Title: The Mysterious Flame of Queen Loana
Author: Umberto Eco
Narrator: George Guidall
Length: 15 hours
Published: 2004 (in Italian)
Source: public library
Resolutions/Challenges: Further Exploration (sub-) Resolution
Reason for Reading: I was browsing the audiobook section at my library looking for something to listen to and came across this. It sounded interesting enough. Also, I’d never before read any works by Umberto Eco and I wanted to try him.
Summary (from Goodreads):
After a heart attack, Giambattista “Yambo” Bodini, an aging rare book dealer, awakens in a Milan hospital suffering from retrograde amnesia. He no longer knows his own name; can’t recognize his once-beloved wife or daughters; and can’t retrieve anything about his childhood or his career. His cardiac event has robbed him of all personal memories, but in a strange reprieve, Yambo retains total recall of every book, magazine, comic strip, movie, and song that he has ever experienced. Returning to the country home where he spent his childhood, he rummages through its paper clutter, searching for some trace of himself.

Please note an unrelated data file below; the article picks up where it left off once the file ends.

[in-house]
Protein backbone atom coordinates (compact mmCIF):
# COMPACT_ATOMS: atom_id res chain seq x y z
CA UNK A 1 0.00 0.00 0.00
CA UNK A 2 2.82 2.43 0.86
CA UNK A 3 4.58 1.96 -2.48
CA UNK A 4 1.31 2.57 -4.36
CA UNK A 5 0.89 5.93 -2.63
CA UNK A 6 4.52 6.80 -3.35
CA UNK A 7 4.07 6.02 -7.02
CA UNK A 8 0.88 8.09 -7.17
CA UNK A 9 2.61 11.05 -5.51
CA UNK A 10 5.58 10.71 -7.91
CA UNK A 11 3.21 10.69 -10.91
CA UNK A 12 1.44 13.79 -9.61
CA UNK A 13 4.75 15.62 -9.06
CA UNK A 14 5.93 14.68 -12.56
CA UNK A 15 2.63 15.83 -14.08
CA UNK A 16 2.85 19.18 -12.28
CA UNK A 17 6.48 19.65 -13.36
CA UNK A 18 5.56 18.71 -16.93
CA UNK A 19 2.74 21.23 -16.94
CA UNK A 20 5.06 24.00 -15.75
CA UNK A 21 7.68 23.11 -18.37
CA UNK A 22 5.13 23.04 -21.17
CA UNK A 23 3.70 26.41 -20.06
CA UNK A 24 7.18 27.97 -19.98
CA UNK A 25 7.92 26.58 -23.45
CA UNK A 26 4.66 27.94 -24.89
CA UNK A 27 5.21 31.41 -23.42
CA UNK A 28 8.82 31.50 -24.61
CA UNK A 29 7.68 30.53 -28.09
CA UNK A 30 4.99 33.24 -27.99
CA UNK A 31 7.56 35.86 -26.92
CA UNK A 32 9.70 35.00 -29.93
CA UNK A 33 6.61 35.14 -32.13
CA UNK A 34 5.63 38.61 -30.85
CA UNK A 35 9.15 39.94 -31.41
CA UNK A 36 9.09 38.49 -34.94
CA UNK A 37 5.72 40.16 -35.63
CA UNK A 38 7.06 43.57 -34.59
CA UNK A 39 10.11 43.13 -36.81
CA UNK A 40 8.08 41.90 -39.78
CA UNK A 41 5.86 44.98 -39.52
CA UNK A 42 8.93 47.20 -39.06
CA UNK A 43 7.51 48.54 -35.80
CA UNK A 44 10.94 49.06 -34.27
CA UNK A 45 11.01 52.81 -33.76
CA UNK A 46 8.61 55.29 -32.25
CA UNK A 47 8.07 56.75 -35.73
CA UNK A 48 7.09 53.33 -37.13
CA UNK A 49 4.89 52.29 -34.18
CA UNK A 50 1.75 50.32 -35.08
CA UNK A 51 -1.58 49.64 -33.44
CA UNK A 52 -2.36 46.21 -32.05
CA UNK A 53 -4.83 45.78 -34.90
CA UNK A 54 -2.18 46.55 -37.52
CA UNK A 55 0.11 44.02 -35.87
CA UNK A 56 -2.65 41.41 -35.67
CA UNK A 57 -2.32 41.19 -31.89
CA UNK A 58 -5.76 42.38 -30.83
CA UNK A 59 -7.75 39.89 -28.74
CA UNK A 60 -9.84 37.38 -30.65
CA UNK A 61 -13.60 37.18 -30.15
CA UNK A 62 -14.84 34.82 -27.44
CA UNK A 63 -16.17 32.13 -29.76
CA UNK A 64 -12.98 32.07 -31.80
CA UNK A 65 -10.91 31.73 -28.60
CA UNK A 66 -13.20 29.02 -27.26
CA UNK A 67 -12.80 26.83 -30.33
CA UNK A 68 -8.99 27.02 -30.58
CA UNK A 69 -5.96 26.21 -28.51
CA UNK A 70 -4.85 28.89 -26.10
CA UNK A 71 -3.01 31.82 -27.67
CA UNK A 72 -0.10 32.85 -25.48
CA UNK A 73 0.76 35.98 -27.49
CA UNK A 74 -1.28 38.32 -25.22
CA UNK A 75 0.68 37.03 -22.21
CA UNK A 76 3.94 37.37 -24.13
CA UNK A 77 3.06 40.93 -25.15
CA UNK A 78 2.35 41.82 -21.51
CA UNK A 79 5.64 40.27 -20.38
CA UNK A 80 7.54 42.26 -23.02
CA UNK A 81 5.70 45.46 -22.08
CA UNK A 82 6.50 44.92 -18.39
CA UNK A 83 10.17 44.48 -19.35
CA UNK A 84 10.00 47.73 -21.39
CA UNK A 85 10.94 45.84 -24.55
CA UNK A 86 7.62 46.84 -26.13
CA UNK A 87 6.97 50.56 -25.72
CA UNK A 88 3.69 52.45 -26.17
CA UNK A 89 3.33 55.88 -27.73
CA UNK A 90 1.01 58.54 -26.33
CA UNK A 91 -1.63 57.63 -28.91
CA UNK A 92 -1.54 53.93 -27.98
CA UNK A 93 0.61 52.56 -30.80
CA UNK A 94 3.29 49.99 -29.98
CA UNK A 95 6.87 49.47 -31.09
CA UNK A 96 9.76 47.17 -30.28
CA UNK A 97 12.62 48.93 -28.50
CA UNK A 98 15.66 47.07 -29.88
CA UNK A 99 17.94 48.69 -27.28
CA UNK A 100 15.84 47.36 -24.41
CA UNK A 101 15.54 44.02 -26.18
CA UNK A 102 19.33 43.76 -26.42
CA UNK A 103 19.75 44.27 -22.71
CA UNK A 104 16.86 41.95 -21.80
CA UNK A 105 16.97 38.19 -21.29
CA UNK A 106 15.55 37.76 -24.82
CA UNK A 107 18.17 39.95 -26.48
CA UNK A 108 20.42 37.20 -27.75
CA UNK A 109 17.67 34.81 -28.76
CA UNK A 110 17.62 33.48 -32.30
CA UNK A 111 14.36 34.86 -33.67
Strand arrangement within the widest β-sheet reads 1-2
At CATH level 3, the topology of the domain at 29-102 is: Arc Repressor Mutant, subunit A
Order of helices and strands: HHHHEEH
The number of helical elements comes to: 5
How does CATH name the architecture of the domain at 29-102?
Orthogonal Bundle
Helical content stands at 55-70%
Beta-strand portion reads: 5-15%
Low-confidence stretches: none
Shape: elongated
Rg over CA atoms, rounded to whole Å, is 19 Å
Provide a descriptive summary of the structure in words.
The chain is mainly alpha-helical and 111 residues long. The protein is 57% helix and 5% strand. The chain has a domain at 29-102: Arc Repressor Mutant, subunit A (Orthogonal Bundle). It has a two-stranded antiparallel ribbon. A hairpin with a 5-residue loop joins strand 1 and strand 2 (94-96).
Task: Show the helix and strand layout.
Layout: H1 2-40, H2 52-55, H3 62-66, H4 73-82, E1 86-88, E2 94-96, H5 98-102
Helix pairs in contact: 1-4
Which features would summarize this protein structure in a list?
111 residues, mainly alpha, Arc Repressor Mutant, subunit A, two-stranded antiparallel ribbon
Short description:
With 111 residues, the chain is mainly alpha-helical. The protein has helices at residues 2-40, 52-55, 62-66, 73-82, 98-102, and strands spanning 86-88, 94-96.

My Thoughts: My regards towards this book aren’t very high. Perhaps it may have something to do with the audiobook version. While I liked the narrator and that sort of stuff, I think it might have been a bad story to listen to when I could so easily become distracted from it (I listen to audiobooks when I drive to/from work). There were times when it just seemed like the story jumped around, from one point in Yambo’s past to another that it confused me.
The only reason I didn’t give this a rating of 1/5 is because parts of Yambo’s past I found very interesting. Such as living through WWII. I’ve never read about WWII from an Italian point of view. I think, however, if I’d have had another audiobook to listen to, I wouldn’t have even finished this one.
One thing that really upset me, was the fact that the summary I’d read that intrigued me, wasn’t fulfilled by the story. (By the way, that summary isn’t the same as the one I posted above.) There was something in that summary making Lila Saba sound like a very important element in the story–she was a past infatuation of Yambo’s. But, alas! She hardly had anything to do with the story. I guess I get upset when the book is a lot different than I thought it would be–which really isn’t the fault of the author, but whoever wrote the summary.
My Thoughts on the Audiobook Format: I really enjoyed listening to the deep soothing voice of George Guidall. He really made me imagine an elderly Italian man, almost like a grandpa. And that was the voice he was supposed to have, I think.